More than two-thirds – 68.5 percent – of those unemployed as of the third lockdown are women, a new record in gender inequality. Some 84,493 women lost their jobs from the start of the lockdown on December 27 through Thursday.
These latest figures from the Israeli Employment Service, broken down at Haaretz’s request, show the women jobless figure is 2.2 times greater than the 38,855 number for men. In the two months prior to the coronavirus pandemic, last January and February, the number of unemployed men was almost identical to that of unemployed women (49.4 percent and 50.6 percent respectively).
The current figures indicates a gender gap, which began in March and has been widening ever since.
According to the figures, in the first lockdown the number of unemployed women grew to 56.4 percent compared to 43.6 percent of men. In the second lockdown that began in mid-September women comprised 60.4 percent of the unemployed compared to 39.6 percent for men.
Officials in the Employment Service expressed concern that the figures would have long term destructive repercussions, such as increasing the inequality between men and women in Israeli society, bringing about a further reduction in women’s wages, blocking them from being promoted and hurting their work continuity, even for women who manage to return to work after the economy recovers.
“Closing down the economy hurts women more because there’s a structural discrimination in the labor market that directs women to low-wage professions, a limited employment ceiling and greater vunlerability to crises,” said Employment Service head Rami Grauer.
Lawyer Dana Meitav, the director of the Israel Women’s Network, said “the crisis enhances the fact that the labor market is unequal to women in many ways and they are the first to be ejected from it. Women work in less rewarding jobs and professions, whose terms and employment security are lower. Closing the schools and kindergartens is crucial, because women are still the main child caregivers. This isn’t taken into consideration enough in the decision making process.”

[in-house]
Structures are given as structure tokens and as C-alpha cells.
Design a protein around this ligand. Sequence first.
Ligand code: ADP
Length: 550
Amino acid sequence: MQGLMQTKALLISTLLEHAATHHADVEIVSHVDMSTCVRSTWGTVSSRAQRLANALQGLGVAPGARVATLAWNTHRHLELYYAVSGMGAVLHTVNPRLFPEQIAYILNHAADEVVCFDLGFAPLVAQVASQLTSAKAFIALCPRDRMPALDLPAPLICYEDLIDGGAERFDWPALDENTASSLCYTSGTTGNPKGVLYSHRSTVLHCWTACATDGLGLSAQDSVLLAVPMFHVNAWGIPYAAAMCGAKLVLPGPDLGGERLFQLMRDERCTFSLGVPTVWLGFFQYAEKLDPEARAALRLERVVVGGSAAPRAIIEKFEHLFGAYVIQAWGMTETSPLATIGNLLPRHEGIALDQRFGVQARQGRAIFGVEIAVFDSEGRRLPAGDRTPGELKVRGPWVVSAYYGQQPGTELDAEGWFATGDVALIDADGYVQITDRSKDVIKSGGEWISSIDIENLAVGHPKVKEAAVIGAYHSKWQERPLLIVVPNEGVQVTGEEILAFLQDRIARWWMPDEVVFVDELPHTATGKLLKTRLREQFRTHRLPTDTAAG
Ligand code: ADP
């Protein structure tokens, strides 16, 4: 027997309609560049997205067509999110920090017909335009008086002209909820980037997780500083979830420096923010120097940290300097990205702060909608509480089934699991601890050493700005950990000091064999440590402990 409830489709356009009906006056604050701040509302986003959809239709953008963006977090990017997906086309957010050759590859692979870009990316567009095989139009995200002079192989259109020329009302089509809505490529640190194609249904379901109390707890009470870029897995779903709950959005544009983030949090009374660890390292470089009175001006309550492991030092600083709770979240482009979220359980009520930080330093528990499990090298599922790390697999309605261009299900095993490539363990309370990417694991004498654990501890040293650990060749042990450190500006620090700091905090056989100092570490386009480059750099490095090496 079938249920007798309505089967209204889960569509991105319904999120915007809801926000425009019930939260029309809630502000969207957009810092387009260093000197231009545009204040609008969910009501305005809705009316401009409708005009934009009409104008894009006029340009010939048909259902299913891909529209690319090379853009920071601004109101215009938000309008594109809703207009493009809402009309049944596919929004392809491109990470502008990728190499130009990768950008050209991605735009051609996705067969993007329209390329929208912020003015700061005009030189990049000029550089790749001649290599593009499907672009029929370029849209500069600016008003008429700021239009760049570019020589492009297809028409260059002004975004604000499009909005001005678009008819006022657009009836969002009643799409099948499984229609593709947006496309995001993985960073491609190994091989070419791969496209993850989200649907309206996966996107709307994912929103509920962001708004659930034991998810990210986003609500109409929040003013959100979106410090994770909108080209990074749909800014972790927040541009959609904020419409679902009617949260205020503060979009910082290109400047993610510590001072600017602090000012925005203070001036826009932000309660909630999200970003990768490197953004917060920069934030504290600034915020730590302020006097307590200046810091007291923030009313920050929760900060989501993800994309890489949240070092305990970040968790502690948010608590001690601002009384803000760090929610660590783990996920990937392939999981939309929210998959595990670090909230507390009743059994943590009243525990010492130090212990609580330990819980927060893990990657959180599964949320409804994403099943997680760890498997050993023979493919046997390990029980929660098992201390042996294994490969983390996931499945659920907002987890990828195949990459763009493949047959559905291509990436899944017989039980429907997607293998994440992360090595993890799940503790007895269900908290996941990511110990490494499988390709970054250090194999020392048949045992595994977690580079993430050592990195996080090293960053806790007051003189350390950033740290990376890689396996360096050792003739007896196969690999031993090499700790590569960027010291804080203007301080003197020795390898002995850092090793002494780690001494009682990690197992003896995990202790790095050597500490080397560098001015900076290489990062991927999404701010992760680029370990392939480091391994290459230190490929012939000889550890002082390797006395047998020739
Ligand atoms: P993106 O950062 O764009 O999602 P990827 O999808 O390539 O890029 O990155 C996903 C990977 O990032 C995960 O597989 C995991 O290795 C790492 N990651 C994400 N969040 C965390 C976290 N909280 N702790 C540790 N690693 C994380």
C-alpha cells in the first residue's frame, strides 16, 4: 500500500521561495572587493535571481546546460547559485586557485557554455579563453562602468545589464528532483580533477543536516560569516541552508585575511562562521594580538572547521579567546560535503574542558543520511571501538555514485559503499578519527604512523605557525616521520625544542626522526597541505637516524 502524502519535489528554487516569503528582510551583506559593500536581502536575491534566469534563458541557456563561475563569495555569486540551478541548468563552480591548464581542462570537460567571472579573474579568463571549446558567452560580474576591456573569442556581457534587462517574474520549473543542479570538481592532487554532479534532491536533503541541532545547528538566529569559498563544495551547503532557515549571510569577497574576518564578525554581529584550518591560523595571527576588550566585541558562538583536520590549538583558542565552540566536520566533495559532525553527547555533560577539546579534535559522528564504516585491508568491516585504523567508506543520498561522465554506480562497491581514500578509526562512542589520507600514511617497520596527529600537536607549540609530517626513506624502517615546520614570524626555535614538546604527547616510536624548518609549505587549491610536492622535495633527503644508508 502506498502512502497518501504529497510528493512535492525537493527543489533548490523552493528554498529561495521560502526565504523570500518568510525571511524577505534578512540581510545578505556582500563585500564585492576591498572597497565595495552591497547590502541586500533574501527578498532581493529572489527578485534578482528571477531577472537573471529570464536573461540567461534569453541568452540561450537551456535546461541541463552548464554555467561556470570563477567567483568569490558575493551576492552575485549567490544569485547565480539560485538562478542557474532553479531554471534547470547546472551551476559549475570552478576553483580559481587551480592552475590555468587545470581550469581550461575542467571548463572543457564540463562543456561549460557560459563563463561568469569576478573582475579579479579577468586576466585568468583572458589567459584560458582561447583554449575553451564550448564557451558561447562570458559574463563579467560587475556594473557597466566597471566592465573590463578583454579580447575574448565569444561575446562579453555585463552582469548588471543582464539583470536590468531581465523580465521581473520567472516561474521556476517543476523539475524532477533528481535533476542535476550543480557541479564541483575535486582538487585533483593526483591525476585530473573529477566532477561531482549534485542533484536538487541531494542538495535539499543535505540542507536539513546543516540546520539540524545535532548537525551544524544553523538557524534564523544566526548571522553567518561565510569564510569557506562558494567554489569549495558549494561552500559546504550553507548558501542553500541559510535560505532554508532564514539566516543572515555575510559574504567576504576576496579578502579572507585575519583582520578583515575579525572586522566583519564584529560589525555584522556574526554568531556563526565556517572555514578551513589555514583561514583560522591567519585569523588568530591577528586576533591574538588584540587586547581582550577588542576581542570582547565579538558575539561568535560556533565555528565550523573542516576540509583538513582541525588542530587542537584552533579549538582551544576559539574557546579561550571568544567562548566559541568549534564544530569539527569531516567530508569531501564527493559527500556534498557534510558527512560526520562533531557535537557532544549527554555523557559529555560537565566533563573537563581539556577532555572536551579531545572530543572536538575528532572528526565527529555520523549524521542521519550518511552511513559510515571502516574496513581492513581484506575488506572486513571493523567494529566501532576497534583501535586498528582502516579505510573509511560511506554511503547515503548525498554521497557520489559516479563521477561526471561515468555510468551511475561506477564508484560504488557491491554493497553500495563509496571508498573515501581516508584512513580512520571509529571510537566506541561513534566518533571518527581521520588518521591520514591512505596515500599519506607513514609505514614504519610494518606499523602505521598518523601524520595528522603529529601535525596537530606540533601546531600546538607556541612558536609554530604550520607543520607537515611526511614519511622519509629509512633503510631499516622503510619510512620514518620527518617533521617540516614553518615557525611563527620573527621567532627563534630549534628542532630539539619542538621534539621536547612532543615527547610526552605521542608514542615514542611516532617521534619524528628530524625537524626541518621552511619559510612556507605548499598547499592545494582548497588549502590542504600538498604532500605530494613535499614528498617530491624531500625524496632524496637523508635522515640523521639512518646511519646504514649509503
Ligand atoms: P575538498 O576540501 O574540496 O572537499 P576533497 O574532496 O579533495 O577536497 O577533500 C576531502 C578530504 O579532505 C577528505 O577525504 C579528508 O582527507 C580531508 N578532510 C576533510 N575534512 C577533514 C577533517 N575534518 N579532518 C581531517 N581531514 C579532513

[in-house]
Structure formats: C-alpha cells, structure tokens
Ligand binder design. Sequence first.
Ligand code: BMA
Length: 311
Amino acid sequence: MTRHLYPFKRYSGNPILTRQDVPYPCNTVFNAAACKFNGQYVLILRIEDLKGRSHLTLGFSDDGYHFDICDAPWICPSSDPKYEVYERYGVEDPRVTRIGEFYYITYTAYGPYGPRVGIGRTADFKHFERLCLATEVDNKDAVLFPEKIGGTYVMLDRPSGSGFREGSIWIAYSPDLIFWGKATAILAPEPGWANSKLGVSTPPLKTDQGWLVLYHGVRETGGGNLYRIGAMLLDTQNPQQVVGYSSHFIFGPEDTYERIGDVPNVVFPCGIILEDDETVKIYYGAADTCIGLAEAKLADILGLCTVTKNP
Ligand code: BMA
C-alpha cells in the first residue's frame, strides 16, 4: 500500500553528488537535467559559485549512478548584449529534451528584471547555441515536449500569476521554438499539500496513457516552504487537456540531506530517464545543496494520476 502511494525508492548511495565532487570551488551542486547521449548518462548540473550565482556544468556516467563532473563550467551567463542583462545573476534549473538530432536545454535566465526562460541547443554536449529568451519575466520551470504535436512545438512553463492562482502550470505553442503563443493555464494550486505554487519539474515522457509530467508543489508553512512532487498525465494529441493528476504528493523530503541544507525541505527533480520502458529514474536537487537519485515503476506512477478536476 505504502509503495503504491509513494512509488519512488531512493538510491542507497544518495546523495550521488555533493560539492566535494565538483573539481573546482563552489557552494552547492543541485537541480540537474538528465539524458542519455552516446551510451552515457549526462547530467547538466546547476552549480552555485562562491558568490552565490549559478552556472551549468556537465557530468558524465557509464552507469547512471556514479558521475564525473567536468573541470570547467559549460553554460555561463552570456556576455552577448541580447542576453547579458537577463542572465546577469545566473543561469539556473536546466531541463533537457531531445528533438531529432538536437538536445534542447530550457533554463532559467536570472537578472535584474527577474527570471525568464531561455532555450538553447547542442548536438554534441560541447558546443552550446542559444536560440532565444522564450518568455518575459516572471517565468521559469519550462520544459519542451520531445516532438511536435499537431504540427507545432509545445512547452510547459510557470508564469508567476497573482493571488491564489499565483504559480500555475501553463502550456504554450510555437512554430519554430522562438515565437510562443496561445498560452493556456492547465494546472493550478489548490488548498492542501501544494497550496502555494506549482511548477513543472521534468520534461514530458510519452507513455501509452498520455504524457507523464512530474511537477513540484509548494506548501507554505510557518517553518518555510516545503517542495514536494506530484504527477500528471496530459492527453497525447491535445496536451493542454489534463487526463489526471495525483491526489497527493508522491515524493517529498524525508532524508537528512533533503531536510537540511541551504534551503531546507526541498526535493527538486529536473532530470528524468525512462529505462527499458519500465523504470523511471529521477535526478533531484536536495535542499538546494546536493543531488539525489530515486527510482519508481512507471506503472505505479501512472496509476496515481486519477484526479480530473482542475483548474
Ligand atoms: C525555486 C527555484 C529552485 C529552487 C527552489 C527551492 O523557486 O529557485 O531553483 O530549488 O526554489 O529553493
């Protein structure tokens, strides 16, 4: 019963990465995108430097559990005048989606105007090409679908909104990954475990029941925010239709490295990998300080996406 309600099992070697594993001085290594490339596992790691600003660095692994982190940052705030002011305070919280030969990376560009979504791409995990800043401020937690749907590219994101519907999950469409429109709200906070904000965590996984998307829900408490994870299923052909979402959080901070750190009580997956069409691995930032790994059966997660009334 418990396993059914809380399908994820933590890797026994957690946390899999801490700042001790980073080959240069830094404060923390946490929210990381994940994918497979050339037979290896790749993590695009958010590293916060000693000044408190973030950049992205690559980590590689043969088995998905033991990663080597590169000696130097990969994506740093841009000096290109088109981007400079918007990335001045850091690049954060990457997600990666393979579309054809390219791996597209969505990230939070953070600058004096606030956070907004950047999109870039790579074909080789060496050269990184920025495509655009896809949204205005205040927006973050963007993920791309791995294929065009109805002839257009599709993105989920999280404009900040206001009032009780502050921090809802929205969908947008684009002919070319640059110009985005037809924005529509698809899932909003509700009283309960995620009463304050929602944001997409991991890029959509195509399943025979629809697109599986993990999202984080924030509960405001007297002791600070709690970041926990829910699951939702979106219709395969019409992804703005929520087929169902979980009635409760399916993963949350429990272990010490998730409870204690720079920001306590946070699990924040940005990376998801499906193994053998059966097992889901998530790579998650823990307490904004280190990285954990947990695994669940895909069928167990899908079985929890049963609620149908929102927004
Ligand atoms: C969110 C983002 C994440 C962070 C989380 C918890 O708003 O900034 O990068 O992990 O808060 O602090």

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Officials and activists in women’s organizations provide several explanations for the fact that women are dismissed and sent on unpaid leave in far greater numbers than men. These are rooted in discrimination against women and the gender inequality situation that prevailed before the coronavirus crisis struck. The most recent Central Bureau of Statistics Bureau figures show the wage gap in Israel at 32 percent in favor of the men.
The number of women earning less than minimum wage was 43 percent compared to 28 percent of men. Also, mothers are still the main child care providers in most families and put in an average of 22 hours of unpaid work at home each week, compared to 8.6 hours for men. These hours are unrewarded and unrecognized, but prevent women from getting ahead at jobs outside the home. Due to that, together with closing down schools and kindergartens and with no state incentives to prioritize women’s roles at work, numerous households decide that the lower wage earner – the woman – should stay home with the children and lose her job.
Dr. Gal Zohar, director of the Employment Service’s research and policy unit, says it’s important to eliminate the gender gaps that existed in the labor market prior to the crisis in order to overcome the unemployment gaps.
“Women were paid lower wages and their jobs were less stable already before coronavirus came a long. The minute the education system stops working we immediately see a spike in the number of women ejected from their jobs. This is a double blow, because many more women are employed in the education system than men and also because when the system shuts down more women have to stay home with the children. We’re now concerned that women’s career courses and professional development will be damaged in the long run. Women return to the employment market faster than men, but for lower wages and inferior jobs. To combat women’s unemployment we must reduce the gaps between men and women’s income and stop the discrimination in the labor market.”
Lawyer Amit Kobo of the Women’s Network says the group has received calls from numerous women saying they were dismissed or sent on unpaid leave, while the men at their work places remain employed.
One of these women, Tzafi Barkan, 60, of Ramat Gan, worked for seven years as a salesperson in a Givatayim store and was sent on unpaid leave on March 15. For what is by now close to a year, she has been forced to live on unemployment fees and cannot find a job. She urged the government to find a solution for women like her.
“We have been abandoned on the front lines. Even when men worked below me in previous jobs were earning more than I was. Now I see myself and my friends sitting at home, while the men continue to work as usual...I can hardly manage with unemployment payments and had to cut down in every way. I’m stuck at home even though I want to work and am doing everything I can to find work,” she told Haaretz.